Immigration and Public Benefits
December 11, 2018
The Trump Administration recently proposed a new immigration policy regulation that could have a major impact on immigrants seeking to obtain permanent residency in the United States. Under the proposed changes to the “public charge” rule, individuals who are deemed likely to use public benefits, including food stamps or Medicaid, face a greater likelihood of being barred from obtaining a green card.
The existing “public charge” regulation states immigrants who receive over half of their income from public assistance are considered “primarily dependent” on the government and can be denied a visa on that basis. Currently, only cash benefits such as Social Security’s Supplemental Security Income or Temporary Assistance for Needy Families currently fall into the income category. This would drastically change under the new rules.
Effects of the Proposed Changes
Under the proposed changes, the receipt of the following public benefits could be used to support a visa application denial on the basis of “public charge”:
- Supplemental Security Income (issued by Social Security)
- Temporary Assistance for Needy Families
- Supplemental Nutrition Assistance Program (such as food stamps)
- Housing Assistance (including Section 8 Housing)
- Medicare drug-subsidies
The proposed regulation also significantly revises the definition of a “public charge” to include any immigrant who receives the equivalent of at least 15% of federal poverty guidelines; approximately $1,800.00 per year.
Even individuals who are not currently receiving these benefits, but who are deemed to have a high probability of needing public assistance in the future, can be classified as a public charge.
Who is Impacted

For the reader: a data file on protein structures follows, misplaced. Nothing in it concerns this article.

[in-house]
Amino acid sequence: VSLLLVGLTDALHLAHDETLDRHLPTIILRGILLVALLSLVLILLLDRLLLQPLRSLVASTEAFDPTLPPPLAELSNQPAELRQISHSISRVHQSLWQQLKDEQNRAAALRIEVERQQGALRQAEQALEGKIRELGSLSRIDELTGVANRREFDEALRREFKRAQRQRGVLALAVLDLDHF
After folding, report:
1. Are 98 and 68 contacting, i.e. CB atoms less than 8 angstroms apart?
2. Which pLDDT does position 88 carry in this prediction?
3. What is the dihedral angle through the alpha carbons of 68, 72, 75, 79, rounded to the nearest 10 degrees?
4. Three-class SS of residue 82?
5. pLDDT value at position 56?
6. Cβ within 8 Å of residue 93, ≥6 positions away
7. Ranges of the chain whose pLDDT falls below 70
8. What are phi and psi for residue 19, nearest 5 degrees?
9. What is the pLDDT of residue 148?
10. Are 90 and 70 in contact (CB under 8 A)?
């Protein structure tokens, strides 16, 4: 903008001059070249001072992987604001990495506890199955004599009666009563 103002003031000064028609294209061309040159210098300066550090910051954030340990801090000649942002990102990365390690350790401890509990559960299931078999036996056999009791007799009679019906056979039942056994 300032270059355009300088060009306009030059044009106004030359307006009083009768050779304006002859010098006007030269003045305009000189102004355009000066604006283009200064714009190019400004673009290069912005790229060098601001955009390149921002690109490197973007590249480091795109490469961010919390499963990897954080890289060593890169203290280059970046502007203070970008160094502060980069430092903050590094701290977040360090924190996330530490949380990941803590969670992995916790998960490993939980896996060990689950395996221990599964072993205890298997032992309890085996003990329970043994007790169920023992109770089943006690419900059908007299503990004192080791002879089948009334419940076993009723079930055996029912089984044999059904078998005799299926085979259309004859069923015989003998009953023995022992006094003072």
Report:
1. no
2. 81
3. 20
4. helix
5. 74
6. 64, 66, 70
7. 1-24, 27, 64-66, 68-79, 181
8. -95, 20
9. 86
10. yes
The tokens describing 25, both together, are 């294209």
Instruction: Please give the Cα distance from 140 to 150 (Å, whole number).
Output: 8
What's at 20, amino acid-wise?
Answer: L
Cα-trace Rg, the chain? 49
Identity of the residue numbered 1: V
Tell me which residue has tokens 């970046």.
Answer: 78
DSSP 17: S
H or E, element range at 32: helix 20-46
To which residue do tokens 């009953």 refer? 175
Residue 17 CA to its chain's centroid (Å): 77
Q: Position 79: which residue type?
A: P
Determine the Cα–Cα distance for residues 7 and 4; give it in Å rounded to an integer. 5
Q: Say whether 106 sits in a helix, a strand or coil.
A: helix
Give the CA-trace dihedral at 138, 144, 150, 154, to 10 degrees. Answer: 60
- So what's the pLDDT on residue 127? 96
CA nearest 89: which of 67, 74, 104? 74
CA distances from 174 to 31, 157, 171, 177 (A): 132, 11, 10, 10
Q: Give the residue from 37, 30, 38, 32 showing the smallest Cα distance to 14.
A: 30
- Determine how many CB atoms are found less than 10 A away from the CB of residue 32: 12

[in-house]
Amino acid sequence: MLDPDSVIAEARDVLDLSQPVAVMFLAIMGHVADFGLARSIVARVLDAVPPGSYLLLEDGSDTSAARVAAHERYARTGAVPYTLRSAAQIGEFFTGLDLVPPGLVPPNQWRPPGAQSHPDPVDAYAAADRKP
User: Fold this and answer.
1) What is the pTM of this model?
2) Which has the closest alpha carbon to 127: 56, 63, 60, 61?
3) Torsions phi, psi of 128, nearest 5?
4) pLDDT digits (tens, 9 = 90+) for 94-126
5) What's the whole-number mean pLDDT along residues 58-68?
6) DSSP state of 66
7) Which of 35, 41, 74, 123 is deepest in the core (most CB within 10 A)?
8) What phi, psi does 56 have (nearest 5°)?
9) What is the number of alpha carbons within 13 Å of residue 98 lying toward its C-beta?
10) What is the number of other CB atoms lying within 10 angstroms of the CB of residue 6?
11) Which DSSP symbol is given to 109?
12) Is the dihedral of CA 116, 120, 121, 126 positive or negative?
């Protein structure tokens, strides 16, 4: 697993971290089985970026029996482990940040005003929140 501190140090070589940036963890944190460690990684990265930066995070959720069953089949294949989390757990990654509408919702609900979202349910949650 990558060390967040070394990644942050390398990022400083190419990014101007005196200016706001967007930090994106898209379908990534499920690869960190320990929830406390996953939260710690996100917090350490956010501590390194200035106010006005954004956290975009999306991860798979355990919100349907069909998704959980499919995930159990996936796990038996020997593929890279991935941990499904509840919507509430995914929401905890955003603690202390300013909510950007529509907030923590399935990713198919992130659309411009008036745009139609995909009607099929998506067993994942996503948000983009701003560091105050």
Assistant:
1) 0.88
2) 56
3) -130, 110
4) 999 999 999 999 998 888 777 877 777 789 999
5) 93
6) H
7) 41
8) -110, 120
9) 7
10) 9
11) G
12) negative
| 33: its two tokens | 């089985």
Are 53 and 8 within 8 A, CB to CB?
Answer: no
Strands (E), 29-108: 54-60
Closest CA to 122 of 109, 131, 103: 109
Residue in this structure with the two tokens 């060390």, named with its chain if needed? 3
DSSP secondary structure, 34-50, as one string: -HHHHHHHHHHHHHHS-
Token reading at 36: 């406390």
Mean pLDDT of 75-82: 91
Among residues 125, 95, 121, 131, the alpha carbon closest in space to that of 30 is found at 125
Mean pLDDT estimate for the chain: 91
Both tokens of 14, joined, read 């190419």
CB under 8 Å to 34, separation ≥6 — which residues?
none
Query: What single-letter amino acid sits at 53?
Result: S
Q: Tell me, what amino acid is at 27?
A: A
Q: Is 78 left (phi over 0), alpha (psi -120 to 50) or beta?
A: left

Immigrants potentially affected by the proposal include first-time visa applicants, along with individuals seeking visa extensions. Almost 400,000 immigrants currently living in the United States could be impacted by the proposed regulations.
Even immigrants who may need only temporary government assistance could be penalized under the proposed changes. Refugees would be exempt from the proposed policy changes.
Although qualifying as a public charge does not lead to an automatic visa denial, it would be a strong negative factor in the visa application acceptance formula. Other factors in the formula include an applicant’s current medical conditions and level of education.
Critics of the proposed regulation argue that the new rules would be a step closer to the Trump Administration’s ultimate goal of a “merit based” immigration system, which gives immigration priority to English-speaking immigrants who are highly educated and have a higher earning potential.
Lower income and less educated immigrants from countries such as China, Mexico, and Cuba would be at a greater disadvantage under the proposed regulation.
Immigrant advocacy groups also fear the proposed regulation could force legal residents to refuse necessary public assistance at the risk of their U.S. born children. A decrease in the use of public assistance could increase the spread of communicable diseases, the number of malnutrition cases, the level of poverty, and the number of individuals using emergency rooms as their primary form of health care.
Following its publication in the Federal Register, the public has sixty days to submit comments on the proposed regulation. The Department of Homeland Security, by law, must review all submitted comments and address substantial concerns prior to proposing a final version of the rule.
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If you or a loved one needs assistance with immigration issues, including visa applications, deportation, asylum, and green cards, an experienced Philadelphia immigration lawyer at the Law Offices of MC Law Group, LLC is here to help. For a confidential consultation, call us today at 215-496-0690 or contact us online.